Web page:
In 2005, a new Ethernet-based standard, LAN Extensions for Instrumentation (LXI), was introduced with the goal of increasing interoperability. It uses many other standards including VXI-11, IEEE 1588, and HTTP. LXI also has defined how to build hybrid multiplatform systems that include PXI, LAN, USB, and GPIB instruments so engineers can optimize price and performance across platforms.

Industrial Automation – Rapid Ethernet Adoption Continues

In industrial applications, engineers benefit by taking advantage of a low-cost Ethernet networking infrastructure. Industrial switches bring Ethernet to plant and factory floors by extending the temperature range and adding industrial features such as quality of service (QoS) and multicast broadcast storm protection.


Figure 1. Open Ethernet-based standards now extend from enterprise systems to motors and devices.  

Historically, Ethernet networks have shared data between SCADA systems and enterprise databases; however, over the last five years, Ethernet has penetrated further into the plant as shown in Figure 1. Today, engineers use Ethernet with Modbus TCP/IP for communication between SCADA/HMI systems, programmable logic controllers (PLCs), and programmable automation controllers (PACs). Modbus TCP/IP provides open, multivendor connectivity from HMI displays to traditional PLCs. According to the ARC Advisory Group, Modbus TCP/IP was the leading industrial bus for devices shipped in 2004.

In recent years, more protocols are adopting Ethernet to take advantage of the lower costs and installed infrastructure. New Ethernet-based protocols such as NI Deterministic Ethernet, EtherCAT, Ethernet/IP, PROFINET, and others are emerging. For more information, visit the URL listed at the bottom of this article to read a white paper on “Understanding Ethernet-Based Industrial Automation Protocols.”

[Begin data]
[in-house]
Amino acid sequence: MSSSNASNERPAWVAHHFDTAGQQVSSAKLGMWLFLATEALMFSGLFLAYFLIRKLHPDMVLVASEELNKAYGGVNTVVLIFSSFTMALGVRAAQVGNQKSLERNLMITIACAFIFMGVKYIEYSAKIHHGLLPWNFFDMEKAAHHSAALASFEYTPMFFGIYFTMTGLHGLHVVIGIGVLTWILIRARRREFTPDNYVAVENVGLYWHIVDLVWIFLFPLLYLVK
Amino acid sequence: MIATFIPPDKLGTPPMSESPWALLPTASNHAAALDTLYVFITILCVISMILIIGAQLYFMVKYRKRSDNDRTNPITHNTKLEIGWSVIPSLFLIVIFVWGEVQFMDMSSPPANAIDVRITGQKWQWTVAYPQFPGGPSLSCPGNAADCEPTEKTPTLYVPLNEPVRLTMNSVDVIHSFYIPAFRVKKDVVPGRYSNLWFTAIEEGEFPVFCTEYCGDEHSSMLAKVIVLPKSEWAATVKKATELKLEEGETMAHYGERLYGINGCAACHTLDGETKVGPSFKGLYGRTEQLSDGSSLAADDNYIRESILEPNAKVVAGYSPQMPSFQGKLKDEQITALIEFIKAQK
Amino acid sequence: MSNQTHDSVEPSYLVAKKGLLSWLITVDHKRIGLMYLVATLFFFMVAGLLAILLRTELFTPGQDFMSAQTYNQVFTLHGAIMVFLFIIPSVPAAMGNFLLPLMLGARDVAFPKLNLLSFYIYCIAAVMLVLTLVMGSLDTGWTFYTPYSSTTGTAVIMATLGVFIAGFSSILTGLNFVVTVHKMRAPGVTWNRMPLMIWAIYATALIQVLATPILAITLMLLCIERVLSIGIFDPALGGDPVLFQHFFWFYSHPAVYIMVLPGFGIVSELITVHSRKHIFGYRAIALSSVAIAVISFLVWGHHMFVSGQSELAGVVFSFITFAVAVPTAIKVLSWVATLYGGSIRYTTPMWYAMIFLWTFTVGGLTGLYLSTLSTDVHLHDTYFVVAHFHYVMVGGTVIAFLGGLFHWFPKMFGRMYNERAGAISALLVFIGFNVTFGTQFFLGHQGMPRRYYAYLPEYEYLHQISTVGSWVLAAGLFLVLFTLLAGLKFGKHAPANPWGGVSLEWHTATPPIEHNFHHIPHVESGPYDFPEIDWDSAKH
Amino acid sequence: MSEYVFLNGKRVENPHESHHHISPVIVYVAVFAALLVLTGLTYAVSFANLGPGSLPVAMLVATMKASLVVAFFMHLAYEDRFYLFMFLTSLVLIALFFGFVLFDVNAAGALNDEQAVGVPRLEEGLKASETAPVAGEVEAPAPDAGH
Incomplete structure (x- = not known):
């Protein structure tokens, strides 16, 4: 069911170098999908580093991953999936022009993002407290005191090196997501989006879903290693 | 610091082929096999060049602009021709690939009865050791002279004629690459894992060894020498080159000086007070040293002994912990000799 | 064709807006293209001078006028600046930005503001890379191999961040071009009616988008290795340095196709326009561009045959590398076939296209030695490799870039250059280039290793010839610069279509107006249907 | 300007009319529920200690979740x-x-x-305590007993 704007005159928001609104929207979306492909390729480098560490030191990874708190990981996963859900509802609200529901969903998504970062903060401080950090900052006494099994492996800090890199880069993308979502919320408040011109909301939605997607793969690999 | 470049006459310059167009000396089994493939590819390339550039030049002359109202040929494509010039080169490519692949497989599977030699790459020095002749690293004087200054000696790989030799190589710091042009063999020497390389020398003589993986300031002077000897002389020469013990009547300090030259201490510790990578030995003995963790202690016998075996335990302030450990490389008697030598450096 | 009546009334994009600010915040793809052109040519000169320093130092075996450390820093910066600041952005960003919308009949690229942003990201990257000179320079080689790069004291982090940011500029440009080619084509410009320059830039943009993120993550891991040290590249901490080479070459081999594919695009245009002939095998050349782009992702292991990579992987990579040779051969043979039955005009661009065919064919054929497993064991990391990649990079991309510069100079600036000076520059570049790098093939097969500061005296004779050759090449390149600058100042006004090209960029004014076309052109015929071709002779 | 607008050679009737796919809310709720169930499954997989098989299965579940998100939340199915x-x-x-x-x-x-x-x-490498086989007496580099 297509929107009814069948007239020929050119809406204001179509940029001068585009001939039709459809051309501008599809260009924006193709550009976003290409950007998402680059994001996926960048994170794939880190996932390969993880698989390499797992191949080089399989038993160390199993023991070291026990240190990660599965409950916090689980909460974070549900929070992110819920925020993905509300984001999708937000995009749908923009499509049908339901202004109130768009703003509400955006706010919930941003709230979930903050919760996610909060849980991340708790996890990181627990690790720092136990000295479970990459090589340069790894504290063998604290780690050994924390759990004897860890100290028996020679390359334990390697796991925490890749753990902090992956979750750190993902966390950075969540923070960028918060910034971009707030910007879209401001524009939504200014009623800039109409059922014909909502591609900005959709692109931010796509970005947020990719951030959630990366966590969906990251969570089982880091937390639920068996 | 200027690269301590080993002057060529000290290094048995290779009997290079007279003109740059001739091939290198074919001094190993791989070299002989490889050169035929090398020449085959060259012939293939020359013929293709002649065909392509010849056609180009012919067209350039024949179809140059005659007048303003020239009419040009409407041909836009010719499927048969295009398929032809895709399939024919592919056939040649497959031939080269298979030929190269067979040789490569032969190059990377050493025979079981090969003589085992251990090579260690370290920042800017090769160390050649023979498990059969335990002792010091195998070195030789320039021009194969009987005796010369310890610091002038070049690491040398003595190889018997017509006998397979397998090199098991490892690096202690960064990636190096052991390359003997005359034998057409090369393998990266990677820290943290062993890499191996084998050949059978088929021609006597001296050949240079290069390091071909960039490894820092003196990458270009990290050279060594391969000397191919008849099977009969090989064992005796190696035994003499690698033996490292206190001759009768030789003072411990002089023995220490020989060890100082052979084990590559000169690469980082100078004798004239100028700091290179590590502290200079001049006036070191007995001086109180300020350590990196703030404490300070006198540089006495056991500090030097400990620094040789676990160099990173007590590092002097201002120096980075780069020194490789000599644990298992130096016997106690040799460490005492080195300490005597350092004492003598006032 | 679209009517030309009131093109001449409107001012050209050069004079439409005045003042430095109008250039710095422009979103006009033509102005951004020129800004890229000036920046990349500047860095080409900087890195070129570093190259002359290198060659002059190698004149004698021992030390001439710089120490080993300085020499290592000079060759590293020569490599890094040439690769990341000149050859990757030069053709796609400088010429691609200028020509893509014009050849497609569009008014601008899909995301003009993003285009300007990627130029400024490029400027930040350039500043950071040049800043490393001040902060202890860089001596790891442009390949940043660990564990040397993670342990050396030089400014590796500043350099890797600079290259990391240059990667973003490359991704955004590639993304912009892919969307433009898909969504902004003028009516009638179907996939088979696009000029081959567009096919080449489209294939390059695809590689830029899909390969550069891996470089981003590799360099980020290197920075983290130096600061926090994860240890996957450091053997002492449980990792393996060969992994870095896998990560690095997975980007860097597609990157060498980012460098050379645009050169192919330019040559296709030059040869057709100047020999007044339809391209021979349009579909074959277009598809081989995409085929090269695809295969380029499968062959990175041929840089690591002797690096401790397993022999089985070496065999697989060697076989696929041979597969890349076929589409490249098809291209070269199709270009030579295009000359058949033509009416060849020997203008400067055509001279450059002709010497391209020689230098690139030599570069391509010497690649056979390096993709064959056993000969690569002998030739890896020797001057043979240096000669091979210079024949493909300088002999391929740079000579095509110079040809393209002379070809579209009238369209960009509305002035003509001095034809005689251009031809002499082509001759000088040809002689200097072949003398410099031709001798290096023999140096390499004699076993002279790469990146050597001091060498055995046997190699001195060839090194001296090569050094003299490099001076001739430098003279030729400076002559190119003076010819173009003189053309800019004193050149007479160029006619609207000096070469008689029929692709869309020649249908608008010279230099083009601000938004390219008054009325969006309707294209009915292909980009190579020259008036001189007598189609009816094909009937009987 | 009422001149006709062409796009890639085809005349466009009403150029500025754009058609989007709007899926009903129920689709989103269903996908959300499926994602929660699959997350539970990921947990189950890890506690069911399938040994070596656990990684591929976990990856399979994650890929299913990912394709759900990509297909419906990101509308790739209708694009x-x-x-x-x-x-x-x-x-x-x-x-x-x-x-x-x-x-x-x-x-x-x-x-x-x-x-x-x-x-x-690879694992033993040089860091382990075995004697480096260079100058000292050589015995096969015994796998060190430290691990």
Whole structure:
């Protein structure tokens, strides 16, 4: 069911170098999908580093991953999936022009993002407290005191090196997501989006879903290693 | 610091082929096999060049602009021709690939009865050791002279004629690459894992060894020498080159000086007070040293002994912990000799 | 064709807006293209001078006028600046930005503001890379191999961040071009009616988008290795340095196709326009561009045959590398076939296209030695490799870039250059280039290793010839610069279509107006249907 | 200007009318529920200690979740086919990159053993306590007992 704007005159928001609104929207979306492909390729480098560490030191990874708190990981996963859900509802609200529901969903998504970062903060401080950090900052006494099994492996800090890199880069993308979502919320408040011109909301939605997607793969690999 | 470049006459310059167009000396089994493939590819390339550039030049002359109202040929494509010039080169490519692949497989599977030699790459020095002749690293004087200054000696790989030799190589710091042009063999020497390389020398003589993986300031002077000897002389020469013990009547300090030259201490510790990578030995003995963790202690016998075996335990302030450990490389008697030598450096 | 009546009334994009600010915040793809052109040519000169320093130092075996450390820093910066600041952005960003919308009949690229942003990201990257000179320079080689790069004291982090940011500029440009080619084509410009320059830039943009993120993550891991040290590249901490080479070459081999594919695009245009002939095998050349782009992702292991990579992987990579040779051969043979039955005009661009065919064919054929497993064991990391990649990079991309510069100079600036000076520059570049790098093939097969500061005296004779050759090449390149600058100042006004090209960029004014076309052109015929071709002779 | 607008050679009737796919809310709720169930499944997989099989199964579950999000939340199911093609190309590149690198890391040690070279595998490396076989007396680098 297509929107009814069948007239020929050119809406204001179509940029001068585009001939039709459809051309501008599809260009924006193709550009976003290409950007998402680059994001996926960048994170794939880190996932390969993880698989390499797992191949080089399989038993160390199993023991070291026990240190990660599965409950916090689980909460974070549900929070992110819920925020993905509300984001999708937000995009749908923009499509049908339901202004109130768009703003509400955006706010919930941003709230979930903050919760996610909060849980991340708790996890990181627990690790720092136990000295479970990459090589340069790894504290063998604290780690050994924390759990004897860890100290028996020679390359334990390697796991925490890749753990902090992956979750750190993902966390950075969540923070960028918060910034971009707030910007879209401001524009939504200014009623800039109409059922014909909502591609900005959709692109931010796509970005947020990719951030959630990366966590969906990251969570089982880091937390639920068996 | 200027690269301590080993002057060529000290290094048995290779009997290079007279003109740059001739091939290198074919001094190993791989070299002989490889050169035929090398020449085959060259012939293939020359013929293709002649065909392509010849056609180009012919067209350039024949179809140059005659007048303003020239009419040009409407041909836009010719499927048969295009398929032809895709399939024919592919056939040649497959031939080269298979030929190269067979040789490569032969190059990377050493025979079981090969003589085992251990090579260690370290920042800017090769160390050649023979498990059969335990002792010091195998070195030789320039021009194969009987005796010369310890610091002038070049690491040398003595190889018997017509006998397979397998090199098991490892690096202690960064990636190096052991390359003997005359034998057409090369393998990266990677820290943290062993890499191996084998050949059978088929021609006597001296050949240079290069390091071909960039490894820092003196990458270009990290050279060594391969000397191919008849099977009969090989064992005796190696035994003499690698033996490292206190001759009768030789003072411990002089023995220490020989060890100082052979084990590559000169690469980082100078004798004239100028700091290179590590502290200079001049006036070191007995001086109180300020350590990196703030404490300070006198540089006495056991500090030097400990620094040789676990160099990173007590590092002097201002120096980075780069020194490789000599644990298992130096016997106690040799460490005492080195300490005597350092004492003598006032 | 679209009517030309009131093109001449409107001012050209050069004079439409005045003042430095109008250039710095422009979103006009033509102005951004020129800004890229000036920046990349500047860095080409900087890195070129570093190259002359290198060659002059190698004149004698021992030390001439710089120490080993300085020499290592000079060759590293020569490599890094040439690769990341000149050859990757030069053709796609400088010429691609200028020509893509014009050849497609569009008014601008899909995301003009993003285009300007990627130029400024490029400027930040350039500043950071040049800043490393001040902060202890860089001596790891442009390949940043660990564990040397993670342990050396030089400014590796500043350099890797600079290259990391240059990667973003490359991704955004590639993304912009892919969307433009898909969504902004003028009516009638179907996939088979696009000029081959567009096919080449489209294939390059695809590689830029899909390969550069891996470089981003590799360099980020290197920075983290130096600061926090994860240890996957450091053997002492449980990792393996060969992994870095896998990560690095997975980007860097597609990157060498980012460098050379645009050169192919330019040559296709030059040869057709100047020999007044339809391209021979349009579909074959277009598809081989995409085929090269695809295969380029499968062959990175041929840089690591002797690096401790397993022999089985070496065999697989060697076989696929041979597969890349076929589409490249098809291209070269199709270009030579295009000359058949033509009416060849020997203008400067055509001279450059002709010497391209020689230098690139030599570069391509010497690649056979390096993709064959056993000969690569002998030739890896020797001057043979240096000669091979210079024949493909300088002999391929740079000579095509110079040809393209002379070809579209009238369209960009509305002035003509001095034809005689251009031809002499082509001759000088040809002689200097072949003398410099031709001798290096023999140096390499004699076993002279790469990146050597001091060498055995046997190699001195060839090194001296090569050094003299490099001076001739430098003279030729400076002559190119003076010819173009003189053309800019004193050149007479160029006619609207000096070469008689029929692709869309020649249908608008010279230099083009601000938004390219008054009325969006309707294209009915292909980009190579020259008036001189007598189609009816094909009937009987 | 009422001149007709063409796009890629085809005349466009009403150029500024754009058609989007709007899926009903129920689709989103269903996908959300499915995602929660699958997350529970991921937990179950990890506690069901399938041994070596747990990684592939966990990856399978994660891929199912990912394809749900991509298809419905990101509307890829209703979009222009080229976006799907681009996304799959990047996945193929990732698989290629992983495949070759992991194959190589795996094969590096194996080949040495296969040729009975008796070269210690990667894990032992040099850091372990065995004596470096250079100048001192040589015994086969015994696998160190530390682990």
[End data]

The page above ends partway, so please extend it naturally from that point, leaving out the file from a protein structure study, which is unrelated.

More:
Ethernet Flattens Test and Industrial Automation

As globalization is flattening the way people communicate and businesses operate, Ethernet adoption is flattening test and measurement by reducing the synchronizing skew of distributed measurements over longer distances. Ethernet is flattening industrial automation by offering open, lower-cost communication alternatives. With open platforms that embrace Ethernet and other PC-based technologies such as USB and PCI Express, engineers can develop distributed multivendor systems that meet the most challenging measurement and automation application needs.

For more information on IEEE 1588, instrument control, Ethernet expansion I/O, time-triggered networks, and industrial automation protocols, visit and enter nsi7108.

Robert Jackson is a Programmable Automation Controller (PAC) and HMI product manager for National Instruments. He also serves as the energy, oil and gas marketing manager. Jackson joined NI in July 2002 and holds a B.S. in chemical engineering from Oklahoma State University.

 Alex McCarthy is the senior product marketing manager for instrument control and VXI at National Instruments. He joined the company in July 2001 and has more than 15 years of high-tech sales and marketing management experience. He is a board member on the LXI Consortium and VXIbus Consortium and has also represented NI as a PXI System Alliance board member. McCarthy holds a B.S. in chemical engineering from Texas A&M University in College Station, Texas.